It's been 35 years since HIV/AIDS first made an appearance in the US, and it quickly spiraled into an epidemic.
Now medical advances have made HIV, especially if diagnosed early, a disease that can be controlled with medication.
An estimated 1.2 million Americans live with HIV in the US, and thousands still die from AIDS every year.
AIDSVu, a project run by Emory University’s Rollins School of Public Health in partnership with biotech company Gilead Sciences, has been mapping out HIV by county since 2010 to get a better sense of the epidemic.
On Thursday, it released its newest data, which looks across 2013, as well as new diagnoses from 2008 to 2014. Here's what they found.
This map looks at the number of new HIV diagnoses, with darker purple denoting more diagnoses in that county. In 2014, 44,000 people were newly diagnosed with HIV.
The data comes from state and city health departments that collect this information on a local level, Dr. Patrick Sullivan, the project's lead researcher, told Business Insider. That way, it can be pulled into one, interactive map. "We use maps to find where a Starbucks is, or where to find a pharmacy, so people are really familiar with that interface," he said.
It's used by all kinds of public-health organizations looking to make their programs more focused on the most in-need areas, Sullivan said. He cited one example of a group that looked at the AIDSVu data when setting up telemedicine centers in Alabama so that they gave the most benefit to those living in rural areas. Next is a map showing HIV prevalence in Birmingham, Alabama.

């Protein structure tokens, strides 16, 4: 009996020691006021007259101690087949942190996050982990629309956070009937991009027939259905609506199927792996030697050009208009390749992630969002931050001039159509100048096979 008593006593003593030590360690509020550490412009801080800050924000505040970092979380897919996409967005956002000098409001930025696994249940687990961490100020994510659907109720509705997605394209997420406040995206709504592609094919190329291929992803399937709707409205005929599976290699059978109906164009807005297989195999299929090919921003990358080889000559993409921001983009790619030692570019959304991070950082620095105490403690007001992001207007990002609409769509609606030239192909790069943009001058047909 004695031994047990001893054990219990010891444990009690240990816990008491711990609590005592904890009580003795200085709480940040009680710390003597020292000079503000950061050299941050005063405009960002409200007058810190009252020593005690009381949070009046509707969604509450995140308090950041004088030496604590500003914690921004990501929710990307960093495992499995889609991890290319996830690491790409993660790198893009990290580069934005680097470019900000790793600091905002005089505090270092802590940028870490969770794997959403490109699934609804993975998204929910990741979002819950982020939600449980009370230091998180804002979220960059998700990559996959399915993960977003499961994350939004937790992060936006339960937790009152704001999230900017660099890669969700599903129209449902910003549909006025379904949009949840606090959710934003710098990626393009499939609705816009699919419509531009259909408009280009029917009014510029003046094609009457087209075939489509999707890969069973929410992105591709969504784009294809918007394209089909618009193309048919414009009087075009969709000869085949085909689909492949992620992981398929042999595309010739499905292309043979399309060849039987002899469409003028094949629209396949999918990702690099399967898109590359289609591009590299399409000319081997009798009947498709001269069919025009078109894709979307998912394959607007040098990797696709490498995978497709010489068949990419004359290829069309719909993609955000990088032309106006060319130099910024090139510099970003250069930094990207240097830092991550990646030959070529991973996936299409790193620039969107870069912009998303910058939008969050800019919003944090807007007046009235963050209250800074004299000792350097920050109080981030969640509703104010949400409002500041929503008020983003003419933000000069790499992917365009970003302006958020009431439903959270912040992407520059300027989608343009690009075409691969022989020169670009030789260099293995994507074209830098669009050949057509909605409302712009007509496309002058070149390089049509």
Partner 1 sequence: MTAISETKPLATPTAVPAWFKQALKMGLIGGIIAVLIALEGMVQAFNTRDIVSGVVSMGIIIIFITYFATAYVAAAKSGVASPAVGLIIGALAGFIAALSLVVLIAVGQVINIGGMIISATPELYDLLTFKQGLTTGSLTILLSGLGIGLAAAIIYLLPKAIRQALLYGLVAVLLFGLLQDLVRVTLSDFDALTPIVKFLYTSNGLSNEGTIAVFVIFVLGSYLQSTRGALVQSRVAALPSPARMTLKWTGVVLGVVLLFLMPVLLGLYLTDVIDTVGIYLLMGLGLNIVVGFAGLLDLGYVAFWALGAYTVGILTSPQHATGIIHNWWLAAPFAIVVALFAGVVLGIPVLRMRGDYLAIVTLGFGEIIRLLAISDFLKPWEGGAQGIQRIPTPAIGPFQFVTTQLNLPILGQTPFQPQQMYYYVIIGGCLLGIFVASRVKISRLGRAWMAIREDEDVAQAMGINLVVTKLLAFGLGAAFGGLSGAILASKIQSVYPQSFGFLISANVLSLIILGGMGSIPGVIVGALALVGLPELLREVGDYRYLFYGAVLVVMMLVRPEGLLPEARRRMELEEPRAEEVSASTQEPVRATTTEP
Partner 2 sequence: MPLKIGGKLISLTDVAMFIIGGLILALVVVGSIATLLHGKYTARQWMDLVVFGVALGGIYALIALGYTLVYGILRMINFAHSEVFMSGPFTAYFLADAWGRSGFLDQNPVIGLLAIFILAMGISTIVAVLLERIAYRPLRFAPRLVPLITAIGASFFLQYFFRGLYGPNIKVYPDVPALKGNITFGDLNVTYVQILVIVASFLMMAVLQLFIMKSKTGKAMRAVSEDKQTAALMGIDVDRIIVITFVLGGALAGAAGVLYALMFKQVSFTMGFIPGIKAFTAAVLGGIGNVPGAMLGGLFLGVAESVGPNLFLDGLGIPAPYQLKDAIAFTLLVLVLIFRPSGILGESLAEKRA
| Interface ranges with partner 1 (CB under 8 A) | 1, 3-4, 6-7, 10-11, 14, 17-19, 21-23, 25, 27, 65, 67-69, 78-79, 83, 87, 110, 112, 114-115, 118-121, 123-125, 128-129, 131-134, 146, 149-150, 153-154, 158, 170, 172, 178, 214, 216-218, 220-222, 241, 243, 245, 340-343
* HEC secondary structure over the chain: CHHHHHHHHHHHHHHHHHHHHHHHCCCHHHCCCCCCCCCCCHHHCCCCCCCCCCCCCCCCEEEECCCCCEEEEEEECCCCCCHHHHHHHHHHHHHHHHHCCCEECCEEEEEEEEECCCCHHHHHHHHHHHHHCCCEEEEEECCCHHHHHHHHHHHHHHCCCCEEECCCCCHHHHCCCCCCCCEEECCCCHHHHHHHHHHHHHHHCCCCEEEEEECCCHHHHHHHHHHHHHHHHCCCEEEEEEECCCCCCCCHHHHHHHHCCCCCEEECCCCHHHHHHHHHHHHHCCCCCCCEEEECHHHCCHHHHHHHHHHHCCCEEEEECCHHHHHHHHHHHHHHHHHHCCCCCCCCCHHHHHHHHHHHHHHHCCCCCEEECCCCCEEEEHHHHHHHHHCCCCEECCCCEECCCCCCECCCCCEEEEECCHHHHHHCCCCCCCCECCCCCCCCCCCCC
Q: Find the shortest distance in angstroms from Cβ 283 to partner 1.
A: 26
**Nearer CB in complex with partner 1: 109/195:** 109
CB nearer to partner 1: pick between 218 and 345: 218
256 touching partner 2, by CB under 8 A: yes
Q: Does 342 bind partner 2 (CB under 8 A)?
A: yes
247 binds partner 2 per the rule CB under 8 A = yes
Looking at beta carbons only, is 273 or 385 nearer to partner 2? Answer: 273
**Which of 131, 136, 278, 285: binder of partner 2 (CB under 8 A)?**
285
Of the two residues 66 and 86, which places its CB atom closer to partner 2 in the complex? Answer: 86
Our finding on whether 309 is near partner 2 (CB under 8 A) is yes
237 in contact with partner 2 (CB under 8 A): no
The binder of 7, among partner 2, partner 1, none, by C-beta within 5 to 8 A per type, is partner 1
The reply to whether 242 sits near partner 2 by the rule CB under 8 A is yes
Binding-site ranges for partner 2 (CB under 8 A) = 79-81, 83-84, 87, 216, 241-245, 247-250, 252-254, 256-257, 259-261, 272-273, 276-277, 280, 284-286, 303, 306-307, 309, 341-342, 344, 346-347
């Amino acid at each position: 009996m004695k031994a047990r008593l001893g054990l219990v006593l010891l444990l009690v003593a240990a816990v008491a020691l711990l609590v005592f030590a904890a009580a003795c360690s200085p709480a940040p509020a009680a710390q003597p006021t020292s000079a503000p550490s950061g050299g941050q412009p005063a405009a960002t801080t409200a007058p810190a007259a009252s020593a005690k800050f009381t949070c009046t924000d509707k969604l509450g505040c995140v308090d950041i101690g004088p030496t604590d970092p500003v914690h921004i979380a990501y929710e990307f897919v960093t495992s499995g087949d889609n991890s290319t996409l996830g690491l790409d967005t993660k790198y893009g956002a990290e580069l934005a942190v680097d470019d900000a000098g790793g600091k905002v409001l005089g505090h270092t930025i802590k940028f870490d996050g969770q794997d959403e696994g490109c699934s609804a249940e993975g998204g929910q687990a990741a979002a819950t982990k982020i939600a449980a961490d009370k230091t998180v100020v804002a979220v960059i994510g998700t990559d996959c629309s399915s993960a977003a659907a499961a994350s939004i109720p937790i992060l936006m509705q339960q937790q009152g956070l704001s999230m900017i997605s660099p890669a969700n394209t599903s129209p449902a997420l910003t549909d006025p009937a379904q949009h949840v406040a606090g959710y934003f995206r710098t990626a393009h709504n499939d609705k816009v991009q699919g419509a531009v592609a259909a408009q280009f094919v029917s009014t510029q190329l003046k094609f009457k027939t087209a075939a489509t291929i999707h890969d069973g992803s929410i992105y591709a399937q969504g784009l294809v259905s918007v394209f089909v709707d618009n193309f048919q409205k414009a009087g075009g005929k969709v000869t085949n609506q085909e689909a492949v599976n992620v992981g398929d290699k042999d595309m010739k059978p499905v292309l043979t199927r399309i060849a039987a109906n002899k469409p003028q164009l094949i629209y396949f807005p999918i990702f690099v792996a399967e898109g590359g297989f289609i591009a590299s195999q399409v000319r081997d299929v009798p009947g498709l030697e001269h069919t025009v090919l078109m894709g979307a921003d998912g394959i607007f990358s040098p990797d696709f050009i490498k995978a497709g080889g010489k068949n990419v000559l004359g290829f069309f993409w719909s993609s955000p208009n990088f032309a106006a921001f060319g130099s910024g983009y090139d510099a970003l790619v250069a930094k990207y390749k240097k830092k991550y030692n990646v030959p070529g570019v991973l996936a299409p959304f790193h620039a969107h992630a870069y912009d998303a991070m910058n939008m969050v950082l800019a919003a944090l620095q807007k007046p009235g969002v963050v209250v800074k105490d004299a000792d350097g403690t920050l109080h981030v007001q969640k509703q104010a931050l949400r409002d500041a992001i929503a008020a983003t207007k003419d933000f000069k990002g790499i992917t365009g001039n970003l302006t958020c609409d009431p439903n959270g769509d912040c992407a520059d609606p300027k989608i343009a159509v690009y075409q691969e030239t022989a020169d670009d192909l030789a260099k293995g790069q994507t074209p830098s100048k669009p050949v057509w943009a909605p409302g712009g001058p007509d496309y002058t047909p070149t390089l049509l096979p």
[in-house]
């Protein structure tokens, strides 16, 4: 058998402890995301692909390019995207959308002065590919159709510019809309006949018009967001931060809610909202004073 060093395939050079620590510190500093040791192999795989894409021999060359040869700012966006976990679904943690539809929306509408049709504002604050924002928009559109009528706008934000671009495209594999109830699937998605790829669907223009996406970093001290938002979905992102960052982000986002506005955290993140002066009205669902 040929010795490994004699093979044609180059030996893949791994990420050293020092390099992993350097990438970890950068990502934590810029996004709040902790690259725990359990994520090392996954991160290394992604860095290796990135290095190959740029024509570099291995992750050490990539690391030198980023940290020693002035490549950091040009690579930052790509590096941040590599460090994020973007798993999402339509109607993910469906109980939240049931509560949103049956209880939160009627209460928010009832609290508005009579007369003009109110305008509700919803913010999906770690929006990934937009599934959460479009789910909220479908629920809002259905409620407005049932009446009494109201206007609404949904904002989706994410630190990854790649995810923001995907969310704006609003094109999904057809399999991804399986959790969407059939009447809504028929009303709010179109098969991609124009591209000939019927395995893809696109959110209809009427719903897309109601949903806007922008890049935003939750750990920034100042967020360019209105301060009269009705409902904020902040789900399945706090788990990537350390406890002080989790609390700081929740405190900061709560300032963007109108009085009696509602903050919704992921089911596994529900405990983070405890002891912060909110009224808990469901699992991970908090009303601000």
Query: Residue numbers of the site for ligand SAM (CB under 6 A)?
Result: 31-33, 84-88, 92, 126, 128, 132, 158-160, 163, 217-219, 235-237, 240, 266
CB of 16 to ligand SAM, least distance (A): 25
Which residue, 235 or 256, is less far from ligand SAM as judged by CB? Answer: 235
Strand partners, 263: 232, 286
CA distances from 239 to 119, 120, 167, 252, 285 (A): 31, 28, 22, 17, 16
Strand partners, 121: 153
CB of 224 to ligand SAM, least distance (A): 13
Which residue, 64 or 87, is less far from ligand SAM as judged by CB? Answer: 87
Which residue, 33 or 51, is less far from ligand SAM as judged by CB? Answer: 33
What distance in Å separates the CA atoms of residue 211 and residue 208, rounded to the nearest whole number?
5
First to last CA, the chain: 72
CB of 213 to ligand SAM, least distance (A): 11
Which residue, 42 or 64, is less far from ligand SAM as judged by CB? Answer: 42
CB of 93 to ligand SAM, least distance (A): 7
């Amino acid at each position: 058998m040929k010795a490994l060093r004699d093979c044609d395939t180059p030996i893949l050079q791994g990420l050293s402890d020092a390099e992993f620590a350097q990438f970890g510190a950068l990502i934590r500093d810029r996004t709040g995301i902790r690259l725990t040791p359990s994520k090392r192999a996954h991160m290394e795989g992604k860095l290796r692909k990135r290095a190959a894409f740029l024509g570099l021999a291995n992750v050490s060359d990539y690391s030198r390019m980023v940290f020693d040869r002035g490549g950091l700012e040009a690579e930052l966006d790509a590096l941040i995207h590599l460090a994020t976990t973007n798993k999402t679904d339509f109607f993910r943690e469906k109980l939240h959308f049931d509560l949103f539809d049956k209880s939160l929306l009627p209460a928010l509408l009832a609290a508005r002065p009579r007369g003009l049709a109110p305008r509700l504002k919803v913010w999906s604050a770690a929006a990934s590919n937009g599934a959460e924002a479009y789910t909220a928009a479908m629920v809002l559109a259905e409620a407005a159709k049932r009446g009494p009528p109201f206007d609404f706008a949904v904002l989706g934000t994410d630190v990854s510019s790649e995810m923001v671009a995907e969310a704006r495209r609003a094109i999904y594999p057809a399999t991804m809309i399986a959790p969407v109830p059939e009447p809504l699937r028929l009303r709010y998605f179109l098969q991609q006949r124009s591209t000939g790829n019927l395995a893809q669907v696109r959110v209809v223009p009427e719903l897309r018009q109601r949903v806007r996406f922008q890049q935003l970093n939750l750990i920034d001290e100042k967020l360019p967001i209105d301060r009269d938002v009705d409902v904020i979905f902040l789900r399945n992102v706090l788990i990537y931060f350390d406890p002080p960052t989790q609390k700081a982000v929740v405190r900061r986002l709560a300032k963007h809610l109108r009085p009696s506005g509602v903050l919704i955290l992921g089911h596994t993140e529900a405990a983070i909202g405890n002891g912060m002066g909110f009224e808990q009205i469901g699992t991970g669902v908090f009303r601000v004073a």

Sullivan said he's noticed that the southern states are being disproportionately affected by HIV. In this map, the darkest red shows more than 411 diagnoses per 100,000 people.
Another group disproportionately dealing with HIV is people aged 13 to 24. By mapping it out, Sullivan said, the hope is to help people understand where prevention efforts need to be focused.
Along with the newer, updated data, AIDSVu is also rolling out six new city-specific maps, including this one of Las Vegas. The others are Hartford, Baltimore, Raleigh, Nashville, and Austin. The combined 40 maps make up about 60% of the people in the US living with HIV. "Clearly, cities are a big part of the epidemiology of HIV," Sullivan said.
Through the website, users can look at specific ZIP codes in the 40 cities to see how prevalent it is in a neighborhood. For example, Business Insider's ZIP code reported 5,631 of every 100,000 people were living with HIV.
Click around the AIDSVu website to see more.
All images in text: AIDSVu